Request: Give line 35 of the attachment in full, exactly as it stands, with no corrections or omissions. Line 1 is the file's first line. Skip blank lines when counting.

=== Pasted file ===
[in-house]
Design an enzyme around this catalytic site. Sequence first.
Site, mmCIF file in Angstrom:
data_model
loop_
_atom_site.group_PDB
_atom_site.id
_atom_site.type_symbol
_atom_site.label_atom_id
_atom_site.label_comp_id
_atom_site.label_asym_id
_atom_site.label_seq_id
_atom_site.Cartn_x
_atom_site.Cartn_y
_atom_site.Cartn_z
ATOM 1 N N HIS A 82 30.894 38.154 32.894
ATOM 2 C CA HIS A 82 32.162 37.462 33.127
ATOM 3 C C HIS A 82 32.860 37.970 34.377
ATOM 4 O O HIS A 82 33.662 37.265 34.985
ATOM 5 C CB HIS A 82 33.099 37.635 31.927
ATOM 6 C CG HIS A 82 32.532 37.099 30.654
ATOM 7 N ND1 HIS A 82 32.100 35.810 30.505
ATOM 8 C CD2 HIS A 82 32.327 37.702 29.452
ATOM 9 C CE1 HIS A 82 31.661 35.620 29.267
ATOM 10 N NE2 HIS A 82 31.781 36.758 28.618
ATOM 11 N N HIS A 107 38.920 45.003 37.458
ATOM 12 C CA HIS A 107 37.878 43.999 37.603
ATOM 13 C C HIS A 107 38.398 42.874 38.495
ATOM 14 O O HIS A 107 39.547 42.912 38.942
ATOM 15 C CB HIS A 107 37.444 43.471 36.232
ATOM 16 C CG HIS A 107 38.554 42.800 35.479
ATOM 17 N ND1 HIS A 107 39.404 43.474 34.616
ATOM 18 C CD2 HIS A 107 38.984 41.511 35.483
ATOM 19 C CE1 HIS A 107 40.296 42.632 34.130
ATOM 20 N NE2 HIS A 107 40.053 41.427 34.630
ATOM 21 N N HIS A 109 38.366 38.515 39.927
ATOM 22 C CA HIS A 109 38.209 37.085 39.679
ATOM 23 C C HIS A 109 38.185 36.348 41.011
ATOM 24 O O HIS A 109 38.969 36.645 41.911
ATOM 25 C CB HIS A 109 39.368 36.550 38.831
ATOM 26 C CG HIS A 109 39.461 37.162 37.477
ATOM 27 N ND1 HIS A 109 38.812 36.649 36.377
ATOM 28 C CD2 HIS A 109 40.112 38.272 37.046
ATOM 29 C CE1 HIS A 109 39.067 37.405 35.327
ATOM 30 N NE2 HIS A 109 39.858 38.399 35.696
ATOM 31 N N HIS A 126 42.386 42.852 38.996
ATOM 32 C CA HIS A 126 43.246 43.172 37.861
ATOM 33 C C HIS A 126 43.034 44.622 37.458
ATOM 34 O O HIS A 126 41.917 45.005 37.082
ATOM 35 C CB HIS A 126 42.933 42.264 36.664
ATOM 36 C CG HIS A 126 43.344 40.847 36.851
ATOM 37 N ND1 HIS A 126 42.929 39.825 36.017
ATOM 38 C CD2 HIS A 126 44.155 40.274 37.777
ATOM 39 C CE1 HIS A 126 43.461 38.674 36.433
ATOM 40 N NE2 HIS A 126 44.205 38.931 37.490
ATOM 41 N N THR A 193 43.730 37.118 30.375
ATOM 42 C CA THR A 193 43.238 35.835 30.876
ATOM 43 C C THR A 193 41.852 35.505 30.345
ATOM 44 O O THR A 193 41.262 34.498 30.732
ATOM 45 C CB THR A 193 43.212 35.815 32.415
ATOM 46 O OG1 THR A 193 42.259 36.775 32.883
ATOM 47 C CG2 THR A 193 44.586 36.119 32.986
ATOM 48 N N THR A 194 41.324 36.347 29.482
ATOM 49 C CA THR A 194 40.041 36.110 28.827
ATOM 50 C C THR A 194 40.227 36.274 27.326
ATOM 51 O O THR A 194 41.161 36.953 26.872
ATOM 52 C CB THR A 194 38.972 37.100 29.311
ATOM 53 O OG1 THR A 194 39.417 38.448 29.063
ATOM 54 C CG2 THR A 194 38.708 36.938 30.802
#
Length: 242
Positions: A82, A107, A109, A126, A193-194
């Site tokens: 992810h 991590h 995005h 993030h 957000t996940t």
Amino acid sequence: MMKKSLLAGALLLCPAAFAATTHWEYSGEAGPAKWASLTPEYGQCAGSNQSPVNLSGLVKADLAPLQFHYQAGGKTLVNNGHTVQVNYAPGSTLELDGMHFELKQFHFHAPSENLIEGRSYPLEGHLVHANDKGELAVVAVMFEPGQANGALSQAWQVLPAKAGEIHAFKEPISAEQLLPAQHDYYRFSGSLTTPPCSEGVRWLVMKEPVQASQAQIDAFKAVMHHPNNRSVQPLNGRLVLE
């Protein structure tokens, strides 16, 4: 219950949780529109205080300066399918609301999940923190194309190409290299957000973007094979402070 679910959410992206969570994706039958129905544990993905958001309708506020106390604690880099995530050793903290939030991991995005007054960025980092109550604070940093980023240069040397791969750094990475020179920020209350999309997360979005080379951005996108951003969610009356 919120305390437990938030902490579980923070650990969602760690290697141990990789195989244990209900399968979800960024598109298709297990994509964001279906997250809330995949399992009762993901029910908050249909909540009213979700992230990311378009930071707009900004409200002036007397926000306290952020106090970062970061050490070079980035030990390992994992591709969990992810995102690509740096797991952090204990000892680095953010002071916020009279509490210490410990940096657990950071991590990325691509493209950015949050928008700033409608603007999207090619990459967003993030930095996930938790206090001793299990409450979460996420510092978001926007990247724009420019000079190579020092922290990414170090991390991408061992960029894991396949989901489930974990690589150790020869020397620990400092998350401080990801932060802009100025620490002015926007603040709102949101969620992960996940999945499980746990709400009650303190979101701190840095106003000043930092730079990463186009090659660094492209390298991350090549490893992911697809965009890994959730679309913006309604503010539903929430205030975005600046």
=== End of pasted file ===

ATOM 20 N NE2 HIS A 107 40.053 41.427 34.630